The world of PTSD Radio is presided over by Ogushi, an obscure and capricious deity full of malice. While the manga only has a small handful of recurring characters, there’s no one that could be considered the “hero” except for the spectral conqueror worm, Ogushi, who has persisted for centuries. PTSD Radio has a recurring motif of victims meeting their doom because they do not heed old warnings passed down or fail to preserve certain customs, or that they were just at the wrong place at the wrong time. Typically when people think of ghosts, it’s the spirits of the dead with unfinished business, but in Ogushi’s case, this is a god that is lashing out at a world that has long since moved on. Ogushi’s wrath is swift, terrible, and omnipresent.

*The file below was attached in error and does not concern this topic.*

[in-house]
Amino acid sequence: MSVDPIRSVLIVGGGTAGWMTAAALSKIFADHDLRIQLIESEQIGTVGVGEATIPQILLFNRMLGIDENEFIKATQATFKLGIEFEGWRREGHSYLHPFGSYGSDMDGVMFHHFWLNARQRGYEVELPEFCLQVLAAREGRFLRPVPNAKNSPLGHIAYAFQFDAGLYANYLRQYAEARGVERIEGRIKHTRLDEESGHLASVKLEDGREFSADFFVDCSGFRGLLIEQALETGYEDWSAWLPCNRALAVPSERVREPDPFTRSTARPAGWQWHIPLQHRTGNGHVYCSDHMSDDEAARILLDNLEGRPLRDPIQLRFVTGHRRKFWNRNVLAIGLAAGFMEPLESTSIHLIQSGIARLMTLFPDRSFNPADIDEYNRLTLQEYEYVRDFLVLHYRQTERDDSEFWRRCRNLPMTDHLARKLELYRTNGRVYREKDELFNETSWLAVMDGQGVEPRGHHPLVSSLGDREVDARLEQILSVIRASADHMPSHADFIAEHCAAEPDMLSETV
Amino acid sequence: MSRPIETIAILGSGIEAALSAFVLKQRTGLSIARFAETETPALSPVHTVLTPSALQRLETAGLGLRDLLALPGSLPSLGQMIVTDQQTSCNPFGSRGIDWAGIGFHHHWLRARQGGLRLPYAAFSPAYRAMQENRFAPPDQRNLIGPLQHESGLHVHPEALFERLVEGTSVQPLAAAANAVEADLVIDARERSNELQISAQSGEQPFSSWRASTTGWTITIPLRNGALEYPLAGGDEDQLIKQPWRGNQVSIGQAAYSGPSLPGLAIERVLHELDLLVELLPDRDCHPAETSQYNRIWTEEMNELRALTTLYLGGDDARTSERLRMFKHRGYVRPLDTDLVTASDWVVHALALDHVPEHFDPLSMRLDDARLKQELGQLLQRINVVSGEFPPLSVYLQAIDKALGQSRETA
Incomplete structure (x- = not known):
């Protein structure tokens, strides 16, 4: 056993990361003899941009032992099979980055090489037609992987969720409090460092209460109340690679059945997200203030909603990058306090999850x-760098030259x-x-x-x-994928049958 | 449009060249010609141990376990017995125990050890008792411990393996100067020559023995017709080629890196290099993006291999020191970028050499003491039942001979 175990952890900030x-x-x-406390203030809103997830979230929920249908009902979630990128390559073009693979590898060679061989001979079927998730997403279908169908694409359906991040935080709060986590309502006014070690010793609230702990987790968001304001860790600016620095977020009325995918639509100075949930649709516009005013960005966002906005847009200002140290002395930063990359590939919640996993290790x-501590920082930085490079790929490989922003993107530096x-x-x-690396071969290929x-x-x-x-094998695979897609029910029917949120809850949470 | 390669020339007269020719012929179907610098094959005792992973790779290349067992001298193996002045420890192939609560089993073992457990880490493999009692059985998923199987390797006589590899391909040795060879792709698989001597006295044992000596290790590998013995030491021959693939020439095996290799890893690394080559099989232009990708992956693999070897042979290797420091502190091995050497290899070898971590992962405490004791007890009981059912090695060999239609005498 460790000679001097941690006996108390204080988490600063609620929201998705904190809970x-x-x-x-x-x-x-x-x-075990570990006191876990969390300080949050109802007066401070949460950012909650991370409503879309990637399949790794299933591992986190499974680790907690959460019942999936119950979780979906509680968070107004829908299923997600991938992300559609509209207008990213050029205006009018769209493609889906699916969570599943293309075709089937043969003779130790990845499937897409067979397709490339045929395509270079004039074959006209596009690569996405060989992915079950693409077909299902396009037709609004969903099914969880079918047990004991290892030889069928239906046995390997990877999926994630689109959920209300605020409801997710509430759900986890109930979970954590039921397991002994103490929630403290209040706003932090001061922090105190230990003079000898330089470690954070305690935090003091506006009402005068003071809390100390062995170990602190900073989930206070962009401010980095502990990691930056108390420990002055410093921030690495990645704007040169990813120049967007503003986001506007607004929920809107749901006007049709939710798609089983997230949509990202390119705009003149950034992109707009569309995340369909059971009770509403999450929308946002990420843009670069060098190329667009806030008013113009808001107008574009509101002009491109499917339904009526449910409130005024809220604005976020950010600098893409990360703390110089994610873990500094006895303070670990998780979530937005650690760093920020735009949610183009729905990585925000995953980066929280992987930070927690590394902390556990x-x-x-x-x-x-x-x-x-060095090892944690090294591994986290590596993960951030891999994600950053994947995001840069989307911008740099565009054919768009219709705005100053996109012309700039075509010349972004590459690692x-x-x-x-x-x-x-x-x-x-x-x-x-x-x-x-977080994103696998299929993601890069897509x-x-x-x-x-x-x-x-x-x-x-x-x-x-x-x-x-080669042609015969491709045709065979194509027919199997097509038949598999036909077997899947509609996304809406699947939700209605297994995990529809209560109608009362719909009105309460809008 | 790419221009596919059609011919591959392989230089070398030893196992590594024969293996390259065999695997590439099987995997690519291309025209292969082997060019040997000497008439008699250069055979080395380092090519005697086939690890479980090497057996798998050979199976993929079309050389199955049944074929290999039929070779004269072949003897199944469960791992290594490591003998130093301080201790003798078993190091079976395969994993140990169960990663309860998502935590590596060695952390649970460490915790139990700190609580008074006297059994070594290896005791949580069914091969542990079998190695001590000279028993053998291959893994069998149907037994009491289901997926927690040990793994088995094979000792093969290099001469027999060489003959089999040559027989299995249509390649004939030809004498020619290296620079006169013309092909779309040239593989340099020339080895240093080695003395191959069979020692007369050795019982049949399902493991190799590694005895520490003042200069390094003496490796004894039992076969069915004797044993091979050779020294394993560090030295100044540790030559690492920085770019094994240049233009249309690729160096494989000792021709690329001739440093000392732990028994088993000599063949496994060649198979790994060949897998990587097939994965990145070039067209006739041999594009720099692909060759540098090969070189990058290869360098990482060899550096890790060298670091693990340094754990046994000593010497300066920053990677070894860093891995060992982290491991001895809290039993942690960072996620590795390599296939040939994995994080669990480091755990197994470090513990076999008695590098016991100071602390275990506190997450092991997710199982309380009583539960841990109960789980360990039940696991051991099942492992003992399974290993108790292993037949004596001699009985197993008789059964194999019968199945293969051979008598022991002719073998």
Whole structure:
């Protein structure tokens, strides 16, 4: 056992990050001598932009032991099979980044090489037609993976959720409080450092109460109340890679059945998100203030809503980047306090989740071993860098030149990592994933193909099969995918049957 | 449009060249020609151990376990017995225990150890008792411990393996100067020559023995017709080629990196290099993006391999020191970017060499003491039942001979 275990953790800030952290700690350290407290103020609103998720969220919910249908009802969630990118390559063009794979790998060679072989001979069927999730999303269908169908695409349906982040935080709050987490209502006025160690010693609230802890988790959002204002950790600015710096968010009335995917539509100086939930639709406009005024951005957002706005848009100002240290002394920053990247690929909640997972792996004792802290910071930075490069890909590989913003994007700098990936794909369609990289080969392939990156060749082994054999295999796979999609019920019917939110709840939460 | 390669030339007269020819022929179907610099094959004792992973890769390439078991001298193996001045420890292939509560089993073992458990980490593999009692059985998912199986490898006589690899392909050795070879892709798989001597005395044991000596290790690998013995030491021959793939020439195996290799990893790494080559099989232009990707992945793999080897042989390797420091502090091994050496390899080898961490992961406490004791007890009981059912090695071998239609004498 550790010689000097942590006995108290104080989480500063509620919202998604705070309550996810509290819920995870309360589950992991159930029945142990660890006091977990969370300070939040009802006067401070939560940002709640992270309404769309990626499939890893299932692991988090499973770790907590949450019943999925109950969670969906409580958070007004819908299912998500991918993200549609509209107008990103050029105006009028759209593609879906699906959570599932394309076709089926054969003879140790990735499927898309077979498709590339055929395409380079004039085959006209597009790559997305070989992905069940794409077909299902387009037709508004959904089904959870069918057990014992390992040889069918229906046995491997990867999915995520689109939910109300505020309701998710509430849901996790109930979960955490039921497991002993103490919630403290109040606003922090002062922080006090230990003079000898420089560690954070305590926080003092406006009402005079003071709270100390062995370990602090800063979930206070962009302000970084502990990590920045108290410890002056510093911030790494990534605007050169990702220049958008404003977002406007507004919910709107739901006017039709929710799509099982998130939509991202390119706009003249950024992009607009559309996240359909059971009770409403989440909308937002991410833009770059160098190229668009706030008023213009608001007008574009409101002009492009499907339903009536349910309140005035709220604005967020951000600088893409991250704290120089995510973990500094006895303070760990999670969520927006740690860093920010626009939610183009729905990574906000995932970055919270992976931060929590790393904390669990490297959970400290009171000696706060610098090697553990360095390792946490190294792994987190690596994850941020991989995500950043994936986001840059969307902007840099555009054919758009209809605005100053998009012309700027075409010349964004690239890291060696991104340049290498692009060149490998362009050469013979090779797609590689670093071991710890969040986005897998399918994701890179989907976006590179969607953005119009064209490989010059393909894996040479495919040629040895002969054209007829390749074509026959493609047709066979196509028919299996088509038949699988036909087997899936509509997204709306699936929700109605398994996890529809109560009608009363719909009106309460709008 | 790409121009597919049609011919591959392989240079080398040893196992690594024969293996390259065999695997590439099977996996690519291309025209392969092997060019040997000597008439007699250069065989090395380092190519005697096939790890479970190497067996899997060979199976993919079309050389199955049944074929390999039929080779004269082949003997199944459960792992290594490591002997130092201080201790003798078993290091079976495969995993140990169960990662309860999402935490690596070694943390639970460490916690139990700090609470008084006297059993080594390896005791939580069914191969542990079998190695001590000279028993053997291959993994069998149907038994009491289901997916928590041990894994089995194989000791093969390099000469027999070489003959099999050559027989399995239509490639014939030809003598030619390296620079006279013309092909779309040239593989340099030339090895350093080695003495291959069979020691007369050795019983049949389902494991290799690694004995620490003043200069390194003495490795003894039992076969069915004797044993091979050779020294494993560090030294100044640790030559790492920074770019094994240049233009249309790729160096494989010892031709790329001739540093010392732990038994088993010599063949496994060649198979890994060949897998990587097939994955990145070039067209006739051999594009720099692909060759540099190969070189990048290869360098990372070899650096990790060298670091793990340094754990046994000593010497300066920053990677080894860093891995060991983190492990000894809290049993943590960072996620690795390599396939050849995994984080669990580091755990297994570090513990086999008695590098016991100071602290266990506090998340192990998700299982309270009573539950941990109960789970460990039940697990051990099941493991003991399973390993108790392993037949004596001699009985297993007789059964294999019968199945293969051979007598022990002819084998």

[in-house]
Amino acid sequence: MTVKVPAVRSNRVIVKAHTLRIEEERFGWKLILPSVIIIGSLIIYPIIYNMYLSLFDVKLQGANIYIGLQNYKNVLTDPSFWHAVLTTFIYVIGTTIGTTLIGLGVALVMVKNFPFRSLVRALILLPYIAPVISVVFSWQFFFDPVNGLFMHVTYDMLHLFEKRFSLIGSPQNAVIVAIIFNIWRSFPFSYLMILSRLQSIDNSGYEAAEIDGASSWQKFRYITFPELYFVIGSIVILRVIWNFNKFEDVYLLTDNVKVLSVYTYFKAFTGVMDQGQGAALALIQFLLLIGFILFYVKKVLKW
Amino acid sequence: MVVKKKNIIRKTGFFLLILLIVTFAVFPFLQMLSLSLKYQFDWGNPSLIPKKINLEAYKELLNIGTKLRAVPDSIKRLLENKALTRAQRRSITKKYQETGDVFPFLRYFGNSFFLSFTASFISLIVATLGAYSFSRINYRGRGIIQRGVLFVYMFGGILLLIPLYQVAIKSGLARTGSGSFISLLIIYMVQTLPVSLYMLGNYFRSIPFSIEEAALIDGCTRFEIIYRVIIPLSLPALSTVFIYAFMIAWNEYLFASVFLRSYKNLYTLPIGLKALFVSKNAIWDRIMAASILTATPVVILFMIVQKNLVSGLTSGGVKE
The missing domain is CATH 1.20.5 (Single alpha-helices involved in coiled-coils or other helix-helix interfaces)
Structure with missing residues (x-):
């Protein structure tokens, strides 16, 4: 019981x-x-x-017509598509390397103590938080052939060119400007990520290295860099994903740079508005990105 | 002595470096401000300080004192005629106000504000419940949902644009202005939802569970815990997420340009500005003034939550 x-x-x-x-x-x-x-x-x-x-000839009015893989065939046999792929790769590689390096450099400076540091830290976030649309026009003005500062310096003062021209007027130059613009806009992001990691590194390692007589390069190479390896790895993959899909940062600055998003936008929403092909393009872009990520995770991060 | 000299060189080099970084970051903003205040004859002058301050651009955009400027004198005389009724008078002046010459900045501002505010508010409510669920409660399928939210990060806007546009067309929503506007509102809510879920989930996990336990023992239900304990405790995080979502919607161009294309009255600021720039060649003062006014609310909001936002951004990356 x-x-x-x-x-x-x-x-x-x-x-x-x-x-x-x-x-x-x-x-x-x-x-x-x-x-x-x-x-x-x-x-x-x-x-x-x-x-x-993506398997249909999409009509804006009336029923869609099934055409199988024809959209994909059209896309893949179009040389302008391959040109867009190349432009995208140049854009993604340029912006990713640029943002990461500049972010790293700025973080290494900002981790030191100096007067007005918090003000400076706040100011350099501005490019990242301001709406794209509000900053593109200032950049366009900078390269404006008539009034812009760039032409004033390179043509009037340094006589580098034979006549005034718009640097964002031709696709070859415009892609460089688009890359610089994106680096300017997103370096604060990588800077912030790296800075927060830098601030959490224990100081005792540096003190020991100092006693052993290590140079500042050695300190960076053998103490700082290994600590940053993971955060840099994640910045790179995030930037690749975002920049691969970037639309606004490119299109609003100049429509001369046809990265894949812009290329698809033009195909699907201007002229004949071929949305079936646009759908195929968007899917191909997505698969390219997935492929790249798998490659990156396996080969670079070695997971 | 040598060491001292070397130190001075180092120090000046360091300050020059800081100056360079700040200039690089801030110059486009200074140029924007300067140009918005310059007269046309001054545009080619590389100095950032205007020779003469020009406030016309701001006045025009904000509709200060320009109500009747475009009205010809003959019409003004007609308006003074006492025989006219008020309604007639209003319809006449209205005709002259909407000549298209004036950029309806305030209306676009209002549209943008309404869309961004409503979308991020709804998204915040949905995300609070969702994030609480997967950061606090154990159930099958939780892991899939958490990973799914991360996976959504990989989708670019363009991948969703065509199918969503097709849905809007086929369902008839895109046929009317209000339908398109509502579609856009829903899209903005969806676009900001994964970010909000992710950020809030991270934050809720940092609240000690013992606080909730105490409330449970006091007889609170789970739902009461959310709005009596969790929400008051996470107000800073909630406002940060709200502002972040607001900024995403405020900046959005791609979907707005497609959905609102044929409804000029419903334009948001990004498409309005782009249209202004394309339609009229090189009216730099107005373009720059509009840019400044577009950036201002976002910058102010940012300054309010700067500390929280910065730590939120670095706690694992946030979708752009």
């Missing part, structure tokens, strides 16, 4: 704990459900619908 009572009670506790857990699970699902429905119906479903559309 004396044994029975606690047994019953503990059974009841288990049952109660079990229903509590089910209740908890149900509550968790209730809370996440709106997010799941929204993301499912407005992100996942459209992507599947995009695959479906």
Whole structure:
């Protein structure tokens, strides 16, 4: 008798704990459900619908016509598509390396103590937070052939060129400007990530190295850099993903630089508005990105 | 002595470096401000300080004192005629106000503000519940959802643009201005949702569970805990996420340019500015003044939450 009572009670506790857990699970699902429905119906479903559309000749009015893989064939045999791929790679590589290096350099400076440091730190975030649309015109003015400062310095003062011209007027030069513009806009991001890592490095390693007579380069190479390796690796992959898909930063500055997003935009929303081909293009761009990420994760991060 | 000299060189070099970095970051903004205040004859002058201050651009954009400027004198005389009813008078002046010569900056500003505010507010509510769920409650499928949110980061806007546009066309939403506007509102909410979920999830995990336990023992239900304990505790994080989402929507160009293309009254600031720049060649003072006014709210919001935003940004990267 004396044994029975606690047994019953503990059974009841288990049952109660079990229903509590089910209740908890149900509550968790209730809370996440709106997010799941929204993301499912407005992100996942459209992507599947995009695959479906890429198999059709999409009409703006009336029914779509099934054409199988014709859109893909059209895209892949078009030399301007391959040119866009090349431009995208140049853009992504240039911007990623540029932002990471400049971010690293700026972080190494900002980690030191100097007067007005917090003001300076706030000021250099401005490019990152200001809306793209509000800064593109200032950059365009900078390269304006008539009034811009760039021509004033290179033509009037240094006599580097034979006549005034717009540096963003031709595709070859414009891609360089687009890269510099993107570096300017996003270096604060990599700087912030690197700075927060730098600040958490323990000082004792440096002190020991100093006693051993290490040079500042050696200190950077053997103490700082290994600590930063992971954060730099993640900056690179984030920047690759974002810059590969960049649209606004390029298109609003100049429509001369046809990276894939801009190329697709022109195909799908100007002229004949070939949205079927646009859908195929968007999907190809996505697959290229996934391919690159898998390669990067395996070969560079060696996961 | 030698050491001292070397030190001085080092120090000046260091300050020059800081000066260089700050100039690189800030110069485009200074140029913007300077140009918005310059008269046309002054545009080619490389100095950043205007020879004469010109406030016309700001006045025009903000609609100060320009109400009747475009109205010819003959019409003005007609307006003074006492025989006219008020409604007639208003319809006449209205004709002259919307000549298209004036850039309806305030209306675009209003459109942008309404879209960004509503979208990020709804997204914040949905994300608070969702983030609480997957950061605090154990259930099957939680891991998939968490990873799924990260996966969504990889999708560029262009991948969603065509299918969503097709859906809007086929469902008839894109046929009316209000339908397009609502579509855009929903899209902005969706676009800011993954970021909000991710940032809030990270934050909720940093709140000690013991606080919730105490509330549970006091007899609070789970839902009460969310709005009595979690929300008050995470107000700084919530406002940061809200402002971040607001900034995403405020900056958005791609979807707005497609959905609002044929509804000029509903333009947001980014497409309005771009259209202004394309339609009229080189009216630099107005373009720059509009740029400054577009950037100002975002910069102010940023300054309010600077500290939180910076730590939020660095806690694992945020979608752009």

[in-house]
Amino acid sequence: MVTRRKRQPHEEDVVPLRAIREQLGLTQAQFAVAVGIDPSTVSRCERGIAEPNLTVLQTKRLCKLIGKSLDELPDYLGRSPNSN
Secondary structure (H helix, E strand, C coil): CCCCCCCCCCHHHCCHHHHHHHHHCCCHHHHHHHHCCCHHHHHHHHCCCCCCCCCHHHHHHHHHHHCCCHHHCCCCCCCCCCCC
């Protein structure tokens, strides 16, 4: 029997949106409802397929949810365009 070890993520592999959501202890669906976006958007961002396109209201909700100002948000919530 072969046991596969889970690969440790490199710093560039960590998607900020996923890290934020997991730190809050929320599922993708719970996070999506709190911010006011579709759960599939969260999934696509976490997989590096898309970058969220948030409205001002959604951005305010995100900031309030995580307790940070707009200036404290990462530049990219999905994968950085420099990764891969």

Despite this being a story about the supernatural, PTSD Radio has a very “normal” and grounded art style for the most part. The towns and the people are drawn in a mundane style. The common settings place the reader in a familiar everyday surrounding, which gives the scares extra punch. The works of horror manga authors such as Suehiro Maruo, Junji Ito or Hideshi Hino have “normal” characters drawn in an extremely stylized manner, making them extensions of the horrors/oddities around them. The everyday quality of Nakayama’s environments and characters makes the horrors they’re stalked by that much more palpable. These ghosts aren’t sequestered in an old dark house, but rather they inhabit office buildings, the sidewalk outside your favorite convenience store, and the train you take to work. On top of this almost all of Nakayama’s scare scenes have his ghosts and creatures stare straight at the reader, with what happens next oftentimes left up to the reader’s imagination. The downside of this structure is that between the lack of a traditional narrative and the episodic nature of the stories, there isn’t a real narrative payoff (more on that later), and reading these stories in rapid succession makes them a little repetitive.